8. says:

    I m not a big fan of military science fiction Battles tend to bore me and set me scanning But the small squad fighting like in these books is a interesting to me than armies clashing What was most interesting here is how seamlessly Nagata integrated the technology The way she was so good at making the soldiers seem real, the fighting seem real and the tech seem real, it always felt so completely true to life that I almost forgot this was science fiction These books have a vitality that works for me, plus strong characters And the relatively near future situations are really believable projections from our present, good, bad and ugly The technology, the geo politics, the economics, the intense interactions of all of those things, the world that Nagata has created is one of the most vivid and believable that I ve read There s something about her writing style that s so crisp and clear We say all of the time, it was like a movie, I could picture the whole thing in my head perfectly Well this was 3D But a tip don t get the paperback if you have vision issues, the font is extraordinarily small I had to return it to the library and wait for the hardback, which is a tiny bit better If you have vision issues, get the hardback, or even better, get the ebook.


  9. says:

    Going Dark closes out The Red trilogy in an unsatisfying manner Lt Shelley has gone off the grid entirely, now handling Existential Threat Management for The Red Whenever the enigmatic AI detects a threat to its existence or to world security, Shelley and a squad of soldiers who have been marked officially dead in the databases, and survive in the cracks of the classified world with forged orders, show up and trouble shoot with extreme prejudice The story opens with an assault on a arctic oil rig that s being used to house a potential biowarfare lab, but the mission goes tits up There s a shootout with mercenaries, the lab turns out to be doing secret pharmaceutical work, the extraction is late, and eventually when Shelley and ETM Squad 7 get back to their secret lair, hidden in plain sight on an Army base in Texas, they get blown by their intel contractor and turned back over to the US Army, who needs them to do one last mission to save the world There s plenty of action, and Nagata still has a fine eye for shoot outs, but little of the character moments or social criticism that made the prior books exceptional fiction Shelley is officially dead, estranged from the world, and working for a rogue AI, but it s treated as shockingly normal There s little tension within the unit over the weirdness of their situation, and for all the blather about non linear warfare and unlikely allies, a jovial Russian arms dealer stereotype seems pretty likely in this world Dragons in setting term for the super rich , the fragile state of American democracy in a world traumatized by nuclear terrorism, and even the desires of The Red, are treated in a mostly pro forma way I thought there was some cool potential with the idea that The Red had grown out of an advertising algorithm and wanted to make happy endings for people, whatever that might mean, but it acts mostly as a literal deus ex machina.I think there s room for sequels, and it s a decent enough book on a sentence to sentence level, but the later seasons of Person of Interest handled these topics way better.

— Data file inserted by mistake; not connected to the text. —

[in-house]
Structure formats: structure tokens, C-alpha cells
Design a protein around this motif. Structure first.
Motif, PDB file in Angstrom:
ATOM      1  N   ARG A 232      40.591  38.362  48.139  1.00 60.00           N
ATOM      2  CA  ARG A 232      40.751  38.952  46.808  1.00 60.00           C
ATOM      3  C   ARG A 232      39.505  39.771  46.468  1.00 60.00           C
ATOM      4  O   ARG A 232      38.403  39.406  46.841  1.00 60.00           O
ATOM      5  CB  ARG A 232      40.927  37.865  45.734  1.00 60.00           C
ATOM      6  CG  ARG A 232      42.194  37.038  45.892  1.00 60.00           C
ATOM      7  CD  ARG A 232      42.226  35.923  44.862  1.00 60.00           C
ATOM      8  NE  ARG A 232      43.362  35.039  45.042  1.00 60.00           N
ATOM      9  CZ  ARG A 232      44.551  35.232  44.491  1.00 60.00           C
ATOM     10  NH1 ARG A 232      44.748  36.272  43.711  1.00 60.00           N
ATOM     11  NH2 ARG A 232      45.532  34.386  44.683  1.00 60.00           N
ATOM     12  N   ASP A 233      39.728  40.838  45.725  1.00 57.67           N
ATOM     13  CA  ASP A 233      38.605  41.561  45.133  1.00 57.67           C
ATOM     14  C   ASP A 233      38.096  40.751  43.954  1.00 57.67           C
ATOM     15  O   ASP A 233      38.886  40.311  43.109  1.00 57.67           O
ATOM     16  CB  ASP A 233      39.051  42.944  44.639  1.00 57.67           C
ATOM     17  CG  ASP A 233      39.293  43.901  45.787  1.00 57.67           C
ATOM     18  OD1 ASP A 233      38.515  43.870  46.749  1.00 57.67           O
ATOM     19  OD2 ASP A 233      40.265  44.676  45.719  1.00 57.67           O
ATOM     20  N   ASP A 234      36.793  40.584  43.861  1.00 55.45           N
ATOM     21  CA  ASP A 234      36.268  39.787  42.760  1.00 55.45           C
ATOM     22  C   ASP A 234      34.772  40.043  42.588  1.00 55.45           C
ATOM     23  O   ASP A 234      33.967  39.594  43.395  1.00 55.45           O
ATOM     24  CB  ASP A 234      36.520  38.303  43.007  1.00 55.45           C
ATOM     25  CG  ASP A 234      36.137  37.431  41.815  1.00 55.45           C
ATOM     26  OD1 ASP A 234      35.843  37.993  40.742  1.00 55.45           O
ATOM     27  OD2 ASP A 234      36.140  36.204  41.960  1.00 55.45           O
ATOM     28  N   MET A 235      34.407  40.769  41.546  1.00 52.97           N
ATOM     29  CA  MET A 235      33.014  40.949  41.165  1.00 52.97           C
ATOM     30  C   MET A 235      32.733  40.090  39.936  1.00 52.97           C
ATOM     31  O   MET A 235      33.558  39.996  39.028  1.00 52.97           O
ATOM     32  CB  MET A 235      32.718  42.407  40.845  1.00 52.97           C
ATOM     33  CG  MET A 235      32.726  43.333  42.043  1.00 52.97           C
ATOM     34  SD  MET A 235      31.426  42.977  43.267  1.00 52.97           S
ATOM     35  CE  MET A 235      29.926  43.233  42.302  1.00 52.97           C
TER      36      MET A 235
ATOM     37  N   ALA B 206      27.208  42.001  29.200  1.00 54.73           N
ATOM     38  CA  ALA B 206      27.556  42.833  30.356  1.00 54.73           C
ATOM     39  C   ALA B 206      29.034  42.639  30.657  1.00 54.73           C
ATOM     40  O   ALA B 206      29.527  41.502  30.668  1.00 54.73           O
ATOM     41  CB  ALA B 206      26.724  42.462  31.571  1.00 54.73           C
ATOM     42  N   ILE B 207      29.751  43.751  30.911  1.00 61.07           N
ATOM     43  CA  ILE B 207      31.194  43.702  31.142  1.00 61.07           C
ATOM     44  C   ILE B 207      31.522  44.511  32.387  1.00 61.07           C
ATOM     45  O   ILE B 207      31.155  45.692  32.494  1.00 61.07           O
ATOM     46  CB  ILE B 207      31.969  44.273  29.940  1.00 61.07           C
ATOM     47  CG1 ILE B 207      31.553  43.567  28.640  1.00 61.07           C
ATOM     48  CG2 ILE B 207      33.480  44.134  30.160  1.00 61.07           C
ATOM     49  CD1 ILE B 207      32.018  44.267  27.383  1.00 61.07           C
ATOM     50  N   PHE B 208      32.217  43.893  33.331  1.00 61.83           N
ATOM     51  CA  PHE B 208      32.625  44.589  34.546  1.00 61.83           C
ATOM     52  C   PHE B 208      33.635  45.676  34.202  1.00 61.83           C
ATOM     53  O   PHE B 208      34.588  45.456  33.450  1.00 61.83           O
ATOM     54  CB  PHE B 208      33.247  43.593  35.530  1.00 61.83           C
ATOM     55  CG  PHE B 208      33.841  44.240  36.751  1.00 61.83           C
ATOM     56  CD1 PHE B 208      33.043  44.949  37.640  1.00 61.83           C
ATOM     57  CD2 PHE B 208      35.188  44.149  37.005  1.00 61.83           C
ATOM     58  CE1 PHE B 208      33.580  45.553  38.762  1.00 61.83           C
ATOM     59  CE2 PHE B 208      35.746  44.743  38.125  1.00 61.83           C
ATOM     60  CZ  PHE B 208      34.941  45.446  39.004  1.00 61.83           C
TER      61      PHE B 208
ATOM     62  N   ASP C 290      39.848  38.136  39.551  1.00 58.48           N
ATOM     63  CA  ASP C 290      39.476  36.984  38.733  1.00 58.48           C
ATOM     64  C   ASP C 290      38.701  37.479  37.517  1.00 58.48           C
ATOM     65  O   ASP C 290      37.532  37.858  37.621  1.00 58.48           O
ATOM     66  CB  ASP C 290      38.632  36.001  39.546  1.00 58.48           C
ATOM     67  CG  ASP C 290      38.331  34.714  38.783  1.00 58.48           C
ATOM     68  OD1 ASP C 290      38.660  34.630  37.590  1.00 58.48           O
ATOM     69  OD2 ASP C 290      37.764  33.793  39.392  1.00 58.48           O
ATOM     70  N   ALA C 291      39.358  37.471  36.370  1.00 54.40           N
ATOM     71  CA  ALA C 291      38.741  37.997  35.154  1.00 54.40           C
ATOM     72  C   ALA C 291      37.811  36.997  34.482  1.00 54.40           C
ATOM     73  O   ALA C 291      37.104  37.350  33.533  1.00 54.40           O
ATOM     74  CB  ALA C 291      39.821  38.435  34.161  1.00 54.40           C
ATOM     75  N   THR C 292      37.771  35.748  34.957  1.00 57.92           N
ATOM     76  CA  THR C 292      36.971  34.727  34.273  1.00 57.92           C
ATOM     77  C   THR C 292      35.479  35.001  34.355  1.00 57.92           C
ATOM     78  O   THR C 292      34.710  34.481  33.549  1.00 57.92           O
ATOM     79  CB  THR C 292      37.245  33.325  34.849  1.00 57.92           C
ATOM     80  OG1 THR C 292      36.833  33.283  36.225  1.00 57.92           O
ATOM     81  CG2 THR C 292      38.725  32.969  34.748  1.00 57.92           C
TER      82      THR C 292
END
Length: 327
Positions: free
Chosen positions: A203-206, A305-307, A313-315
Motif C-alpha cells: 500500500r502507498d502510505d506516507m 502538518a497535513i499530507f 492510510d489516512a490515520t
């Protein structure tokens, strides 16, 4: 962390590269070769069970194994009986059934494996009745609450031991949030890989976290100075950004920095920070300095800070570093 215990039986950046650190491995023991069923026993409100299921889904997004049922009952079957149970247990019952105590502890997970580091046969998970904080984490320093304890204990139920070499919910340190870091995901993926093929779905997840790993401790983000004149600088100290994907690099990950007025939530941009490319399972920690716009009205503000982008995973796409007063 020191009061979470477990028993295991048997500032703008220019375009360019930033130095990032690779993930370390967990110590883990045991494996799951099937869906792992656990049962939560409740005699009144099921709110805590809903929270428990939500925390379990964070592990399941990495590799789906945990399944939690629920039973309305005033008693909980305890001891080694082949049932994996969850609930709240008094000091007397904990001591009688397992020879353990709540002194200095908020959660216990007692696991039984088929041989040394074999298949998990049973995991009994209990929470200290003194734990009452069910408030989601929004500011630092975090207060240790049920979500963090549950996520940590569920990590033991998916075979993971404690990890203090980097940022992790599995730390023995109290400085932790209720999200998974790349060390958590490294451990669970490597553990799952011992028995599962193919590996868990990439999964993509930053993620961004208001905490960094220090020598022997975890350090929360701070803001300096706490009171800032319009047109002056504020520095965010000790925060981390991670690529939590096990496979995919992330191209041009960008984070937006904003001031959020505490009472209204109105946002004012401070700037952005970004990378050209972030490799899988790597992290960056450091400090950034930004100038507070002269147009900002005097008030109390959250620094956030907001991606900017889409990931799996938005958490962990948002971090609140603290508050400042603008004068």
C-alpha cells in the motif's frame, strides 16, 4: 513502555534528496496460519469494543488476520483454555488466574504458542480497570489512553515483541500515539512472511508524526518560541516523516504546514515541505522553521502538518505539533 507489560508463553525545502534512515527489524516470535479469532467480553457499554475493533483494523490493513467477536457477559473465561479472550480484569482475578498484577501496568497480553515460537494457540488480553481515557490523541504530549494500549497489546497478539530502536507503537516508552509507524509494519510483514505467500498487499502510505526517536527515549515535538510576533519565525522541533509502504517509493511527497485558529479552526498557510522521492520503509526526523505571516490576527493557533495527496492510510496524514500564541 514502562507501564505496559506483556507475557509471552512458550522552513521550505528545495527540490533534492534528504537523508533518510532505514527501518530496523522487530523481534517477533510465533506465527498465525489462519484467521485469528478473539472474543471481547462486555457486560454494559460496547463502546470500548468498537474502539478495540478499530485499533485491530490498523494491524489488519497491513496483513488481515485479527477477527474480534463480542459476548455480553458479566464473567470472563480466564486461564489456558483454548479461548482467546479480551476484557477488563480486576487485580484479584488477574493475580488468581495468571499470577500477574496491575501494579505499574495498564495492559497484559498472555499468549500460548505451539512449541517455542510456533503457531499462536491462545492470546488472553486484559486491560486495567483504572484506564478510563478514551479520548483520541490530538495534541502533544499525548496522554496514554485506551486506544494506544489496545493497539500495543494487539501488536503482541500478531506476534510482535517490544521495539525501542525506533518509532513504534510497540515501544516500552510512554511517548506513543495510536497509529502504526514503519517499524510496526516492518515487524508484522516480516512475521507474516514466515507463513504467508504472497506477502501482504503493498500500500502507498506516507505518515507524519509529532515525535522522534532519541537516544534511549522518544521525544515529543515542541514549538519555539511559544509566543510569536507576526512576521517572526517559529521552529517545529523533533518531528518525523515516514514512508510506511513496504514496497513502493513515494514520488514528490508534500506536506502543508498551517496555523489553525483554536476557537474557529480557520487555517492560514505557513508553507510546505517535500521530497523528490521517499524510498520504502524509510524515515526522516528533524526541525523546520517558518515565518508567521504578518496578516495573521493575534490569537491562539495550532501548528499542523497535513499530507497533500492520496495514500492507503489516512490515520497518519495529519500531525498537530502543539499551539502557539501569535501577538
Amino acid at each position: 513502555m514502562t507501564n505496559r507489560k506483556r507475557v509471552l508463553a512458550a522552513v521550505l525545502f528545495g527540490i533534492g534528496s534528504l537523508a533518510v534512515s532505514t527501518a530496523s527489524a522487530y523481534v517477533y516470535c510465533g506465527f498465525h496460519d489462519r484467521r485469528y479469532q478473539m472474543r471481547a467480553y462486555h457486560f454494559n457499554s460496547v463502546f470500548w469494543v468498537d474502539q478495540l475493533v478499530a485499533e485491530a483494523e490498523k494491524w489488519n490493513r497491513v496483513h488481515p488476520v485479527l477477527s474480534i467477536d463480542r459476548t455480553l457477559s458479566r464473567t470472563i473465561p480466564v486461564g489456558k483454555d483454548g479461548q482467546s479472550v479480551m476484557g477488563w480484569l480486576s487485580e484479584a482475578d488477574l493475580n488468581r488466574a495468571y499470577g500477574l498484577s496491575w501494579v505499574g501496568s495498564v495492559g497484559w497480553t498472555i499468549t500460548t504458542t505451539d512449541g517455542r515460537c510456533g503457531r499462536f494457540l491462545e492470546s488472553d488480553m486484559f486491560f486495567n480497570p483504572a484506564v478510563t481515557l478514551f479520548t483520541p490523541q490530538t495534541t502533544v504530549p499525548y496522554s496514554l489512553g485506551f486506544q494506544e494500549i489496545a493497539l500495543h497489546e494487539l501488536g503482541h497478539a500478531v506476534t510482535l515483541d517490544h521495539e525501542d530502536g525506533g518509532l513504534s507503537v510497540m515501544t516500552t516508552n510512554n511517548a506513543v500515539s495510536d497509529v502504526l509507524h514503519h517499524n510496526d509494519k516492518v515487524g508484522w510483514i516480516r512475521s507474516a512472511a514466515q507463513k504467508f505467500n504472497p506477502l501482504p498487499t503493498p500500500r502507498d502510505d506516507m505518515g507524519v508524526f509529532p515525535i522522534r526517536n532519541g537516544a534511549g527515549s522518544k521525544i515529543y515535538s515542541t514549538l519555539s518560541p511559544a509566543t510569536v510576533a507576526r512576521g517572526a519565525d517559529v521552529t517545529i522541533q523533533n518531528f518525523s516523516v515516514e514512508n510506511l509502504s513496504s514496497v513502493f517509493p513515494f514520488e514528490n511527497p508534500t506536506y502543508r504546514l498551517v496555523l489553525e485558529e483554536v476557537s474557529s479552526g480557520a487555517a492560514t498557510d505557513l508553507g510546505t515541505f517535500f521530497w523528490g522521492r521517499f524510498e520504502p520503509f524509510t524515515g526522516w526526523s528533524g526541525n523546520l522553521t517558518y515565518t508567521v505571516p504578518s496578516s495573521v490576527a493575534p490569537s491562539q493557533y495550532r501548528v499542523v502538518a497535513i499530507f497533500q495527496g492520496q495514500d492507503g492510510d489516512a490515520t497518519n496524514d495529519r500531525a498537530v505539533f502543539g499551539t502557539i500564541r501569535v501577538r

10. says:

    Excellent conclusion to The Red trilogy I enjoyed the first two books and was anxious to see how Linda Nagata would wind things up for James Shelley and his squadmates Nagata created a world of complex and competing layers of control, assumed control, and lack of control in this trilogy In Going Dark, she brings it to a wild and fast paced conclusion I enjoyed reading all three books, but if pressed, I d say I enjoyed this one the most of the three In each book, we get deeper and deeper in to Shelley s character, and the finale capped off the development of a great character The supporting characters are also strong, particularly Tran and Logan The combat sequences are well written, and there are quite a few in this one As Shelley says than once Nonlinear war no real allies, no fixed enemies, no certain battlefields Great trilogy, excellent conclusion I m definitely looking forward to reading of Linda Nagata s work.


Leave a Reply

Your email address will not be published. Required fields are marked *